The Mission emphasis on manuscript conservation stems from the clear problem of upkeep, care and preservation of the invaluable heritage of India. The knowledge of preservation is not new to Indians. Care of manuscripts was a major concern in the past and efforts were made to protect them from the different agents of deterioration. One of the most important of these deterioration agents was biological growth. The methods used to save the manuscripts were based on experience and knowledge of herbs and other natural materials and these practices were passed down from generation to generation. For centuries custodians of collections in India have used various natural materials for the preservation of their manuscripts. With the advent of new technologies in the field of conservation, and also with the changes in social and living systems the traditional practices and systems of conservation have fallen to disuse. At the same time, in spite of the advent of suitable chemicals for preservation, traditional methods of preservati on are in practice in some of the libraries and manuscript repositories in India.

      Most of the modern materials used today to counter insect attack are relatively drastic and toxic. It is therefore important to re-evaluate the traditional materials which are in use and also to explore the possibility of using them with some modifications. If required. conventional insecticides, at the same time, should not be too readily dismissed in favour of non-chemical methods as it is better to work with products which have a long history and for which a lot of information regarding their advantages and disadvantages, is available.

      Indigenous knowledge is important for several reasons because, local knowledge can help find the best solution to a development solution with fewer side effects and also indigenous knowledge represents the successful ways in which our ancestors have dealt with the rich heritage. The theme of utilizing existing knowledge to create appropriate solutions occurs repeatedly throughout the development literature. Using indigenous knowledge can help find the best solutions for a culture because, the solutions created must be economically and culturally acceptable to the society being aided.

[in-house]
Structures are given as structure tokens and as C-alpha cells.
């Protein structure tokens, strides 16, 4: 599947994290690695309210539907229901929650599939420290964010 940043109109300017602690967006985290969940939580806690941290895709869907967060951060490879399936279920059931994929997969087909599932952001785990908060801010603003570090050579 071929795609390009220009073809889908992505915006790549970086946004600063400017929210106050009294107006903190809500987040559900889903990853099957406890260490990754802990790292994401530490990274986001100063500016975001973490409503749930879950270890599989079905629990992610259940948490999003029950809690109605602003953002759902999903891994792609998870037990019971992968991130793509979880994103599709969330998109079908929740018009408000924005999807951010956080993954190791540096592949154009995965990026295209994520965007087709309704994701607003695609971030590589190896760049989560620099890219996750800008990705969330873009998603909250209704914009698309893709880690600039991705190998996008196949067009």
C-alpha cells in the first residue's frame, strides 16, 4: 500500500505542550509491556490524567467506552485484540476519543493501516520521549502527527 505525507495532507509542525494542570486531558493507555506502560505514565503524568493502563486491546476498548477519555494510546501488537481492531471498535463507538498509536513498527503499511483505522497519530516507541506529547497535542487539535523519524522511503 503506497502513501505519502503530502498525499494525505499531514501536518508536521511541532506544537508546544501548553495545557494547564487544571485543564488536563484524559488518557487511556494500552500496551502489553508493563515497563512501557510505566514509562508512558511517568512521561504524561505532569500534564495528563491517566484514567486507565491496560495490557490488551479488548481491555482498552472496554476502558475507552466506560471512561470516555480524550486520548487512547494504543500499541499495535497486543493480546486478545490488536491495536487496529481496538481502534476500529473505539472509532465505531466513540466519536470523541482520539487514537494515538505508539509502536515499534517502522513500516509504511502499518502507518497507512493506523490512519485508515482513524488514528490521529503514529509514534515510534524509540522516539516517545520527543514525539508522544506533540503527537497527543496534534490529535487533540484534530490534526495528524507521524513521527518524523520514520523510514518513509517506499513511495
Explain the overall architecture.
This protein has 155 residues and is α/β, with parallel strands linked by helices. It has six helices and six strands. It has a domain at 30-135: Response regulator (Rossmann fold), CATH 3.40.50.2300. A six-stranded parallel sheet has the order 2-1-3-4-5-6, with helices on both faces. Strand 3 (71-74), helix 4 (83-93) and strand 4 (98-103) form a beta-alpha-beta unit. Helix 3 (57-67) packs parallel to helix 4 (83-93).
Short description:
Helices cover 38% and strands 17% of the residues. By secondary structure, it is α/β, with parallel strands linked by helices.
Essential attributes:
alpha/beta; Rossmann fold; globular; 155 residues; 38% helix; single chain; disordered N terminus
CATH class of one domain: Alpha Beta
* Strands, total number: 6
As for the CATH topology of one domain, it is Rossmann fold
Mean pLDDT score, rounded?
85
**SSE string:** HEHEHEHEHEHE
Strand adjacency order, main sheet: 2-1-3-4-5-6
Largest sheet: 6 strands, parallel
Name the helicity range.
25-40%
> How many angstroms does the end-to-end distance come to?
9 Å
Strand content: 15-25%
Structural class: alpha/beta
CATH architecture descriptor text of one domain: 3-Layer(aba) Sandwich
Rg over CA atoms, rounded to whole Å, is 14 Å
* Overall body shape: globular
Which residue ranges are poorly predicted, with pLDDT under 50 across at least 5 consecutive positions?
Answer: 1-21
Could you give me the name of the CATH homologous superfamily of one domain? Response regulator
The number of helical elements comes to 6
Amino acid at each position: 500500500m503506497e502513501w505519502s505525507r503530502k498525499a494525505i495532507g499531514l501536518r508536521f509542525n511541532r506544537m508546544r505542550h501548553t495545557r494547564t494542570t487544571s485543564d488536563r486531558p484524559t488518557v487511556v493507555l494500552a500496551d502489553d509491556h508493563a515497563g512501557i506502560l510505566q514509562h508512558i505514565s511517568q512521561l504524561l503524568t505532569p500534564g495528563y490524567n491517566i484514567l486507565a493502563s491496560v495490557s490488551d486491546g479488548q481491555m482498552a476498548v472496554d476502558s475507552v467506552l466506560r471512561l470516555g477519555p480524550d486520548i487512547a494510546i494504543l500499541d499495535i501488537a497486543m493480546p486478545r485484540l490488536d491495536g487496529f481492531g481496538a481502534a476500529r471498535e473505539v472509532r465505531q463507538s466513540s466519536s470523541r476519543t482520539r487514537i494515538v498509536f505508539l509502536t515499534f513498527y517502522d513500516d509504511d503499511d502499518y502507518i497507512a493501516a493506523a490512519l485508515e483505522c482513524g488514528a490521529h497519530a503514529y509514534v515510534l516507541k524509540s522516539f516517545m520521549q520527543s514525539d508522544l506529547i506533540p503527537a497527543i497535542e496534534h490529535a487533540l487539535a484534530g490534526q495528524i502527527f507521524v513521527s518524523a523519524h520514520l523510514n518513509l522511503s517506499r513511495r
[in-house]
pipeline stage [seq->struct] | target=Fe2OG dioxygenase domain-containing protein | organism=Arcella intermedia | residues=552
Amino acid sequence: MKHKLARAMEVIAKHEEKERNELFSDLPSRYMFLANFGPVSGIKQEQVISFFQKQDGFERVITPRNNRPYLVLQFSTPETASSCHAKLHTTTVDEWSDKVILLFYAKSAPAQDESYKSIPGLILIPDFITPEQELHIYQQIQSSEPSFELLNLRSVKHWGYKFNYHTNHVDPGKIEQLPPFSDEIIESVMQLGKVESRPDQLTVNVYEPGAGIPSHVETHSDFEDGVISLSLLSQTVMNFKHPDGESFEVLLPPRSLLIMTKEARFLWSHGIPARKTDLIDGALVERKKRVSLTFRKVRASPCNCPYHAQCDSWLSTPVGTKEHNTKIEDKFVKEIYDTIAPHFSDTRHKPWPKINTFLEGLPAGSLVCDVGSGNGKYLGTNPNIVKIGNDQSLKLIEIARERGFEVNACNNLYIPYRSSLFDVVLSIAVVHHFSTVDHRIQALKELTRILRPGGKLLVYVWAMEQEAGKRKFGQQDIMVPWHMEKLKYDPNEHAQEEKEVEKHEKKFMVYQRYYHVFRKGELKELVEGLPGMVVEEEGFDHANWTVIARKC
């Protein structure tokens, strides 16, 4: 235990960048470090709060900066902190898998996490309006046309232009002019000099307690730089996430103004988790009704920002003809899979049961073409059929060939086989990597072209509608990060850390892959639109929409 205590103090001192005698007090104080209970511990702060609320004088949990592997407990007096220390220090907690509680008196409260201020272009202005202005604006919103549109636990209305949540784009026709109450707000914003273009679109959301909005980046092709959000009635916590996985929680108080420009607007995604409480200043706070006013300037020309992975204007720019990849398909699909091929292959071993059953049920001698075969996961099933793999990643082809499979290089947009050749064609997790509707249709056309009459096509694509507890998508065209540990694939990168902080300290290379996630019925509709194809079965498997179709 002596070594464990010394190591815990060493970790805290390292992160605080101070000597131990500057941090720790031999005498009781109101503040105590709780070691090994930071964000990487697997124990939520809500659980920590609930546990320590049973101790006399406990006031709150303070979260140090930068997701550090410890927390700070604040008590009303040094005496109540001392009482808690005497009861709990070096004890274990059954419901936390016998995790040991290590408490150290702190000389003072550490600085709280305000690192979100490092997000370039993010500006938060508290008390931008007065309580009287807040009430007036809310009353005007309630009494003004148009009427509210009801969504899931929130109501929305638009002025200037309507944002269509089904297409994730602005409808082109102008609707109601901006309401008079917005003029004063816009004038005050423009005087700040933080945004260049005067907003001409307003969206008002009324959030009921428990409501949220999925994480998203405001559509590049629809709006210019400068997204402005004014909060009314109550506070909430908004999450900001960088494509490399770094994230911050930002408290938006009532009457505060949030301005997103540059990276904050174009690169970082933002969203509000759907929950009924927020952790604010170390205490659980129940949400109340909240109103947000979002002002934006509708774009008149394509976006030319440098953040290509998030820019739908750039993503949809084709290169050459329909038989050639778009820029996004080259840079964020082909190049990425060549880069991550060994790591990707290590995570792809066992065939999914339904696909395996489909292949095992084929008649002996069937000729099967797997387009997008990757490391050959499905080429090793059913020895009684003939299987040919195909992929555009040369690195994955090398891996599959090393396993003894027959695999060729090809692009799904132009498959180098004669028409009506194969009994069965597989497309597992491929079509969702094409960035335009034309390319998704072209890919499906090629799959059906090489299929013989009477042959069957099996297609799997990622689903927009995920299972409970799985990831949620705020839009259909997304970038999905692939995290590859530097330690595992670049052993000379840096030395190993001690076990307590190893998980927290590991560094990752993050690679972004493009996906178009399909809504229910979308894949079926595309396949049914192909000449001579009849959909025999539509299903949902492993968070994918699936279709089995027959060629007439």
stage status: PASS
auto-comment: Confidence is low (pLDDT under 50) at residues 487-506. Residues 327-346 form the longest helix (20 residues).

The Mission organized a seminar in Delhi in the month of February, 2005, of a seminar series calledSamraksika, which dealt with the topic of Oral Traditions and Indigenous Methods of Preservation and Conservation of Manuscripts. Papers presented in the seminar therefore dealt with both the tangible and the intangible knowledge contained in the manuscripts and the need to preserve this rich cultural heritage. Apart from giving information regarding the age old techniques and methods of conservation, the papers also speak about the need to revive these methods as they are less hazardous and more beneficial. The seminar was spread over a period of three days and it gave ample opportunity for the experts in the field of manuscript preservation and conservation to interact, put forth their views and formulate plans for the future.

      The ongoing research on indigenous methods of conservation in Regional Conservation Laboratory, Mysore, a regional branch of the National Research Laboratory for Conservation of Cultural Property(NRLC), Lucknow will, throw some light on the merits and demerits of various Indigenous practices followed in various parts of India.